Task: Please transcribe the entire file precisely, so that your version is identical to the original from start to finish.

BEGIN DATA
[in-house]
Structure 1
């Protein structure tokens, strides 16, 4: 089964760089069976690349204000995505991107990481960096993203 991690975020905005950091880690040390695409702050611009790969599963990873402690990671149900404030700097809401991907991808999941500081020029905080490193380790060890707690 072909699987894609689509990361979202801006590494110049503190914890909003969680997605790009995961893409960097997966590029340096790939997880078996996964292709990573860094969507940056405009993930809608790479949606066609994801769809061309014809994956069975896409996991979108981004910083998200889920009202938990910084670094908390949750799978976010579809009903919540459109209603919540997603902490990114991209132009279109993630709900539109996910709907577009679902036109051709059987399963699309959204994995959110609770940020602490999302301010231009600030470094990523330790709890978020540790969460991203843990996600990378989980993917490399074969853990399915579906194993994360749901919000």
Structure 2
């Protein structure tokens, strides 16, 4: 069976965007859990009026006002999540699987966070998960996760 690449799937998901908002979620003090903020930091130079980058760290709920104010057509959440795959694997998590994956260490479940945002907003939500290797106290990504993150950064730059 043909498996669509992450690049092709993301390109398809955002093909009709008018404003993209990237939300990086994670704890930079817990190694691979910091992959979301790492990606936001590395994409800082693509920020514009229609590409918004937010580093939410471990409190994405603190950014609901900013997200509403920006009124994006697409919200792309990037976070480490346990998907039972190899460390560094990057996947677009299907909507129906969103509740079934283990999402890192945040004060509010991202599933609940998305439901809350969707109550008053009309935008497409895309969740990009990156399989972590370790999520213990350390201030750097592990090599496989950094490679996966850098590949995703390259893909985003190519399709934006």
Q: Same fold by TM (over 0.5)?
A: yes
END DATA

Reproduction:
[in-house]
Structure 1
């Protein structure tokens, strides 16, 4: 089964760089069976690349204000995505991107990481960096993203 991690975020905005950091880690040390695409702050611009790969599963990873402690990671149900404030700097809401991907991808999941500081020029905080490193380790060890707690 072909699987894609689509990361979202801006590494110049503190914890909003969680997605790009995961893409960097997966590029340096790939997880078996996964292709990573860094969507940056405009993930809608790479949606066609994801769809061309014809994956069975896409996991979108981004910083998200889920009202938990910084670094908390949750799978976010579809009903919540459109209603919540997603902490990114991209132009279109993630709900539109996910709907577009679902036109051709059987399963699309959204994995959110609770940020602490999302301010231009600030470094990523330790709890978020540790969460991203843990996600990378989980993917490399074969853990399915579906194993994360749901919000």
Structure 2
């Protein structure tokens, strides 16, 4: 069976965007859990009026006002999540699987966070998960996760 690449799937998901908002979620003090903020930091130079980058760290709920104010057509959440795959694997998590994956260490479940945002907003939500290797106290990504993150950064730059 043909498996669509992450690049092709993301390109398809955002093909009709008018404003993209990237939300990086994670704890930079817990190694691979910091992959979301790492990606936001590395994409800082693509920020514009229609590409918004937010580093939410471990409190994405603190950014609901900013997200509403920006009124994006697409919200792309990037976070480490346990998907039972190899460390560094990057996947677009299907909507129906969103509740079934283990999402890192945040004060509010991202599933609940998305439901809350969707109550008053009309935008497409895309969740990009990156399989972590370790999520213990350390201030750097592990090599496989950094490679996966850098590949995703390259893909985003190519399709934006």
Q: Same fold by TM (over 0.5)?
A: yes